by Rabbi Jeffrey Adler

In Isaiah 6, the prophet is dealing with the death of Judah’s king, Uzziah. Uzziah had been Judah”s king for 52 years, the second longest reign of all the rulers of Israel and Judah. He had also been very successful, establishing Judah as a major commercial and military force. Yet, at the height of his success, the king had allowed his curiosity to motivate him to try to force his way into the parts of the Temple accessible only to the priesthood. When the priests blocked his entrance and he tried to push past them, he was struck with tzaarat, probably the dreaded disease of leprosy, causing him to be quarantined for the rest of his life. This tragic event must have been traumatic for Isaiah; Uzziah was described in the scriptures as a generally godly king, and, the death of good kings all too often led to an ungodly or ineffective successor.

In the midst of this difficulty, Adonai reveals Himself to a newer and more powerful degree.

“In the year of King Uzziah’s death, I saw Adonai…” The verb the prophet uses for the act of seeing is “ereh”, the imperfect tense of “raah”. The imperfect conveys the nuance of continuing action; Isaiah is not only seeing the Lord, but, he is watching the scene, apparently transfixed by the stunning sight. Wonderment at the glimpse of El Elyon, God Most High, would dominate the focus of anyone!

The text goes on to say that Adonai is “high and lifted up”. In ancient eastern cultures, high personages sat on a dais, or at the top of stairs, and no persons of lower status were permitted to have their heads higher than the ruler’s. Via the motif of Hebrew parallelism, where repetition of an idea is stated for emphasis, Isaiah further drives home the point by describing Adonai as not only “ram”, “high”, but, also, “nissa”, “lifted up”. Elohim is shown to be so much more than some government bureaucrat, but ultimate Majesty. Psalm 24 describes His Presence as so unique that, “Who may go up on the mountain of Adonai?” (verse 3). King Uzziah is buried in the ground, but, Adonai is forever exalted.

Isaiah also sees Adonai “sitting on a throne”. “Yoshev” is the participle of “yashav”, a verb that can be translated either “sit” or “dwell”. Personages of high standing in the ancient world would sit while their subjects would stand, to sit in the presence of a person of high authority was a great honor. And, Adonai can assume any stance or position He chooses, sitting or standing or reclining, and anywhere He wants. But, the throne is also His home; it belongs to Him and He has a permanent place thereon, as opposed to changeable and interchangeable human kings such as Uzziah. Uzziah had been forced by events and by death to vacate his throne; Elohim forever reigns.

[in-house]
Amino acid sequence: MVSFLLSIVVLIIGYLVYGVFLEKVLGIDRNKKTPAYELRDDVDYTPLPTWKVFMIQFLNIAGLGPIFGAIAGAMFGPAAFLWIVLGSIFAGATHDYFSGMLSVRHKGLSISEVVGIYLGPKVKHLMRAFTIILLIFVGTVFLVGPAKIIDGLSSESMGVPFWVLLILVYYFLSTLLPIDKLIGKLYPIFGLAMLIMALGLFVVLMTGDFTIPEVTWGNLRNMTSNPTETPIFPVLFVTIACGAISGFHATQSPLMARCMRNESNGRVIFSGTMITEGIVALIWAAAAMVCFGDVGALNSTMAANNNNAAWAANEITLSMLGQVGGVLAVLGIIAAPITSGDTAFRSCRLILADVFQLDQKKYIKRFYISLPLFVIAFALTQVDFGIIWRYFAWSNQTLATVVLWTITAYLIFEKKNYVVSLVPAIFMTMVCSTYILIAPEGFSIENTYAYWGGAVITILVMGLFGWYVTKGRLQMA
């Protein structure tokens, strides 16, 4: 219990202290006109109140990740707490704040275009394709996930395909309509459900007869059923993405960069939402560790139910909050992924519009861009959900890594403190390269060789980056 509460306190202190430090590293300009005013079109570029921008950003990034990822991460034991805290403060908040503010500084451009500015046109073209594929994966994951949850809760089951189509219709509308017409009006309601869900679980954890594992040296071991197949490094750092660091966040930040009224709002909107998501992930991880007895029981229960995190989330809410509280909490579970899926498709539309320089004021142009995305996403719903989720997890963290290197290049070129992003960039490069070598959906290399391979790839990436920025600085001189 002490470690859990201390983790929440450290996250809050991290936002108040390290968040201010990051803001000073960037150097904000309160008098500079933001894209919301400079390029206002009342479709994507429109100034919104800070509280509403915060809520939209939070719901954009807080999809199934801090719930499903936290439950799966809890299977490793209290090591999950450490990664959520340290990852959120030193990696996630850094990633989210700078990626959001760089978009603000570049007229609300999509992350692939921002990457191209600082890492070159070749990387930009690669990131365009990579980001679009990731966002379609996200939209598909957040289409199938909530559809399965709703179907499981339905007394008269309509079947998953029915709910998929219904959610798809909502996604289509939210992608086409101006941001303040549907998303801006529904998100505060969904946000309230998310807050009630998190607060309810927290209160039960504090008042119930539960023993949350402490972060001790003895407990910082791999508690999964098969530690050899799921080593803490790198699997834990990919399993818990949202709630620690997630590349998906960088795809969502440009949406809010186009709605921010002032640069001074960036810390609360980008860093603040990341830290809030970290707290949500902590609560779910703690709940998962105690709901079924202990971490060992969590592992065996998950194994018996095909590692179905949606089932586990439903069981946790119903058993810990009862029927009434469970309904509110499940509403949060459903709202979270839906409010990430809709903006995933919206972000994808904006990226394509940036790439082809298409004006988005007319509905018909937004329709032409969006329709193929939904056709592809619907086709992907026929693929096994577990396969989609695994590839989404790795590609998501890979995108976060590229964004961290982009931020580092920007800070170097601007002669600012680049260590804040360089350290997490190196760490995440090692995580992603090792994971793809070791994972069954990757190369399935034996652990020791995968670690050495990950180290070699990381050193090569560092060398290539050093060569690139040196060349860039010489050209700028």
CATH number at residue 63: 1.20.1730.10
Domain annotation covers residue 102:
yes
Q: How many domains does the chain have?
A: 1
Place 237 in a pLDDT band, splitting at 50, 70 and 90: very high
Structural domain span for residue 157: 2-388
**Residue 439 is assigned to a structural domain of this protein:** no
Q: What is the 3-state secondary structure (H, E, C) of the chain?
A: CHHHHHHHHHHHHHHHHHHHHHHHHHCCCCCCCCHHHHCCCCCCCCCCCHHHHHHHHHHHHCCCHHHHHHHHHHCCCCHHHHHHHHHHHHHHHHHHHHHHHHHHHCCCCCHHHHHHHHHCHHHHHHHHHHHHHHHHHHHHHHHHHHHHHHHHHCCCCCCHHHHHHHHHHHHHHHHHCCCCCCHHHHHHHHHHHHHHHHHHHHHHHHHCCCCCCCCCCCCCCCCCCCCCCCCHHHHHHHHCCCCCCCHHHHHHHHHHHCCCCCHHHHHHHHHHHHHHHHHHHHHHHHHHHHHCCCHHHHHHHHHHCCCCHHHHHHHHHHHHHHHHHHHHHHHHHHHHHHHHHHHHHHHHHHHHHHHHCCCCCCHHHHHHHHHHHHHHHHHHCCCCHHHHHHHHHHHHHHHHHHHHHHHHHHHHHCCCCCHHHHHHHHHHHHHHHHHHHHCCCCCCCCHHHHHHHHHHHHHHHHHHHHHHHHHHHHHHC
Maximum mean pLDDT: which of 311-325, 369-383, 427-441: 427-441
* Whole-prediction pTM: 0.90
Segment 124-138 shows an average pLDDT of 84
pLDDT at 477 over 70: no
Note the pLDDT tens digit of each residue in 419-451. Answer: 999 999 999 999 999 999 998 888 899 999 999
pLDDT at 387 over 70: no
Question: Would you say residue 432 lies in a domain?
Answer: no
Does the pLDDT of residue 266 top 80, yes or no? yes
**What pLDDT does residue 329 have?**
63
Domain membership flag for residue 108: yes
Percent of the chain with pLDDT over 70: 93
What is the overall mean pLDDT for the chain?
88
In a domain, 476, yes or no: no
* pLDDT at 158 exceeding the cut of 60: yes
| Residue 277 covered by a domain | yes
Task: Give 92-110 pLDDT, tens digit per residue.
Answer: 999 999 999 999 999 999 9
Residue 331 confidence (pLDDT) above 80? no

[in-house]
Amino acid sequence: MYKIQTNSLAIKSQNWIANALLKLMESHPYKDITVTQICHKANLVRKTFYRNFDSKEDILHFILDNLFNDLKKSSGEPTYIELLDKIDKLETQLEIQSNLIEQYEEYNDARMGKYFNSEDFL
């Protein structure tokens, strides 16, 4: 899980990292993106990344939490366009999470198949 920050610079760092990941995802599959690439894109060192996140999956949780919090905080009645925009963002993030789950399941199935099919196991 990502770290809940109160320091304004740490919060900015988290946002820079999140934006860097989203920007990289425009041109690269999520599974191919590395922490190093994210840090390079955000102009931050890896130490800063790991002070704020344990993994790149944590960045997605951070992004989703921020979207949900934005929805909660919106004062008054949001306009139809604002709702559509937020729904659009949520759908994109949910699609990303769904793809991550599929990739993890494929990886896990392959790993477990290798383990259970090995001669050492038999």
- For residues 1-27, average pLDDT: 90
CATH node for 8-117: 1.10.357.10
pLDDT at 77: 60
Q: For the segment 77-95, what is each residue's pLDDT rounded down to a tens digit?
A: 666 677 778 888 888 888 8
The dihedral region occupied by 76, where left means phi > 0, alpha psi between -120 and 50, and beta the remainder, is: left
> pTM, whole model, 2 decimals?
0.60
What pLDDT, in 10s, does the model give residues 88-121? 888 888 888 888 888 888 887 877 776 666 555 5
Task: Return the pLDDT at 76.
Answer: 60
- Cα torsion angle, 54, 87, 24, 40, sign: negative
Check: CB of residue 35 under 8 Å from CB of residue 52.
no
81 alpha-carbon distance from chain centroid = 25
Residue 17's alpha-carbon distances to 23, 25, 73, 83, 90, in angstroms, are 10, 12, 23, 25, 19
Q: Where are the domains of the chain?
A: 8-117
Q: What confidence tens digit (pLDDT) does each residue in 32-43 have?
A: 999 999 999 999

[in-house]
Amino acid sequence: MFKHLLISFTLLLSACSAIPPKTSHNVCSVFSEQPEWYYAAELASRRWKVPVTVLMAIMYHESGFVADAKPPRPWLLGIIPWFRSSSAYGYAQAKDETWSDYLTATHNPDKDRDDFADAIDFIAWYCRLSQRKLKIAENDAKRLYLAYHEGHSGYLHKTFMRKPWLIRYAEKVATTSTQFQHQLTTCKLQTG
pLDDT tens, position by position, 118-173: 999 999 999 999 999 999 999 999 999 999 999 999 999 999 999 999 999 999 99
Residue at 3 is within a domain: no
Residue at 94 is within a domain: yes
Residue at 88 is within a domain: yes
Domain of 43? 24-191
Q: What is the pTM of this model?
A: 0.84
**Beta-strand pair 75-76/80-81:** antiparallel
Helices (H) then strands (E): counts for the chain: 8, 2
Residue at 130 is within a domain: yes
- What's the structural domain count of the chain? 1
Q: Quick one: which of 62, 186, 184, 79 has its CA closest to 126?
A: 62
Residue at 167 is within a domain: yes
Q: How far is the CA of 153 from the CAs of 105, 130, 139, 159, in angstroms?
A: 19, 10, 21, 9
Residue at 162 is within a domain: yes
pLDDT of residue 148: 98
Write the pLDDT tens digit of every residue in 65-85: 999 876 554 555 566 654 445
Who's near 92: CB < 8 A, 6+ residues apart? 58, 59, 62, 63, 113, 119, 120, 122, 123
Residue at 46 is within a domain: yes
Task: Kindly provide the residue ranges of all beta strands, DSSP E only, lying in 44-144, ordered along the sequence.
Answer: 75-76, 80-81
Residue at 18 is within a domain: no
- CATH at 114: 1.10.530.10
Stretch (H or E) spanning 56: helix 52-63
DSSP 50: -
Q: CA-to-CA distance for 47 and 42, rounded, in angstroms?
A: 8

“And the train of His robe filled the Temple.” The Lord cannot be contained within any building. Just the train of His robe, possibly the hem, and that just for the purposes of the current revelation, stuffed the building, the grandest structure in the ancient, and probably every, world and age. Adonai cannot be contained by any structure or entity. Verse 3 will go on to say that “the whole earth is full of His glory”, not to mention the heavens that “declare His Glory”.

Yet, the word so generally translated “Temple”, “heykal”, certainly an appropriate rendering, can also mean “palace”. While the death of Uzziah had left a human vacancy in the palace, another King was in residency there: Adonai. The palace and the Temple together could never contain Him, and still today He can fill every palace and Temple known to man.

In the news media we constantly hear of celebrities being surrounded by their associates, their “posses”. Adonai has a “posse” par excellence. “Seraphim were standing above Him. Each had six wings: with two he covered his face and with two he covered his feet, and with two he flew. One called out to another, and said: ‘Kadosh, kadosh, kadosh (holy, holy, holy) Adonai Tz’vaot (is the Lord of armies). M’lo kol haaretz k’vodo. (The whole earth is full of His glory.)” The title of the seraphim is derived from the verb “saraph”, to burn. These beings are so brilliant that their faces and even their feet have to be hidden from human eyes, even those of godly Isaiah, by wings. Despite their own brilliance, they are transfixed and overwhelmed by the surpassing glory of Adonai, as expressed by the above words. And, Isaiah’s initial response, in spite of the sadness of the moment due to the death of the king, is “Oy li”, “woe is me…”, leading to repentance and new commitments to God’s cause and call.

“The king is dead; long lives the eternal King!!!”

Rabbi Jeffrey Adler is president of the Board of HaShomer and also Rabbi of Sha’arey Yeshua in Indianapolis, IN.

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